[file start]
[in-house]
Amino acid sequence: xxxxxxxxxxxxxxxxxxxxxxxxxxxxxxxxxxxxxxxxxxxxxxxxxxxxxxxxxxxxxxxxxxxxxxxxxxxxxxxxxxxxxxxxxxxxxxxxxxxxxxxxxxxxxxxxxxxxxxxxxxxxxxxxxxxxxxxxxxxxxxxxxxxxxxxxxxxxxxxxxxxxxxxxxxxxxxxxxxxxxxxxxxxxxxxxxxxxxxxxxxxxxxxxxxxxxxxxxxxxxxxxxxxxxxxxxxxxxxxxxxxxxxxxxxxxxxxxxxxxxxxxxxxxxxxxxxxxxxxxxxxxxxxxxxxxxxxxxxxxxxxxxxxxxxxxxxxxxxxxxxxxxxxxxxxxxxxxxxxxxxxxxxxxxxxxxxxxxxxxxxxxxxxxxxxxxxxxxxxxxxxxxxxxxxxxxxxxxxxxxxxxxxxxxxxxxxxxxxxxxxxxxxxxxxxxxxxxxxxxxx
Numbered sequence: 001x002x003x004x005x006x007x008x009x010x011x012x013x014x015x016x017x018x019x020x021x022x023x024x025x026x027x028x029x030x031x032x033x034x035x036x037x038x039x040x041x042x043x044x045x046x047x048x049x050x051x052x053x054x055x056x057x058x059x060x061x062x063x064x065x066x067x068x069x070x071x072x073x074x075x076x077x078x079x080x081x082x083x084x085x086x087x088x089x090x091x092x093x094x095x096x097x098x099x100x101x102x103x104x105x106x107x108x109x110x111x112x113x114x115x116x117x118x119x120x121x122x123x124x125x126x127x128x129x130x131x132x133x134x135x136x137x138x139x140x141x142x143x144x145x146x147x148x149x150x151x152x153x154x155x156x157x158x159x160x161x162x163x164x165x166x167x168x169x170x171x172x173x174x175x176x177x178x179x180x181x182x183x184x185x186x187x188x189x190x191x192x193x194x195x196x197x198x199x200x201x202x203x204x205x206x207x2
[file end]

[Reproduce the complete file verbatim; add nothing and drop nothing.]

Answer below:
[in-house]
Amino acid sequence: xxxxxxxxxxxxxxxxxxxxxxxxxxxxxxxxxxxxxxxxxxxxxxxxxxxxxxxxxxxxxxxxxxxxxxxxxxxxxxxxxxxxxxxxxxxxxxxxxxxxxxxxxxxxxxxxxxxxxxxxxxxxxxxxxxxxxxxxxxxxxxxxxxxxxxxxxxxxxxxxxxxxxxxxxxxxxxxxxxxxxxxxxxxxxxxxxxxxxxxxxxxxxxxxxxxxxxxxxxxxxxxxxxxxxxxxxxxxxxxxxxxxxxxxxxxxxxxxxxxxxxxxxxxxxxxxxxxxxxxxxxxxxxxxxxxxxxxxxxxxxxxxxxxxxxxxxxxxxxxxxxxxxxxxxxxxxxxxxxxxxxxxxxxxxxxxxxxxxxxxxxxxxxxxxxxxxxxxxxxxxxxxxxxxxxxxxxxxxxxxxxxxxxxxxxxxxxxxxxxxxxxxxxxxxxxxxxxxxxxxxx
Numbered sequence: 001x002x003x004x005x006x007x008x009x010x011x012x013x014x015x016x017x018x019x020x021x022x023x024x025x026x027x028x029x030x031x032x033x034x035x036x037x038x039x040x041x042x043x044x045x046x047x048x049x050x051x052x053x054x055x056x057x058x059x060x061x062x063x064x065x066x067x068x069x070x071x072x073x074x075x076x077x078x079x080x081x082x083x084x085x086x087x088x089x090x091x092x093x094x095x096x097x098x099x100x101x102x103x104x105x106x107x108x109x110x111x112x113x114x115x116x117x118x119x120x121x122x123x124x125x126x127x128x129x130x131x132x133x134x135x136x137x138x139x140x141x142x143x144x145x146x147x148x149x150x151x152x153x154x155x156x157x158x159x160x161x162x163x164x165x166x167x168x169x170x171x172x173x174x175x176x177x178x179x180x181x182x183x184x185x186x187x188x189x190x191x192x193x194x195x196x197x198x199x200x201x202x203x204x205x206x207x2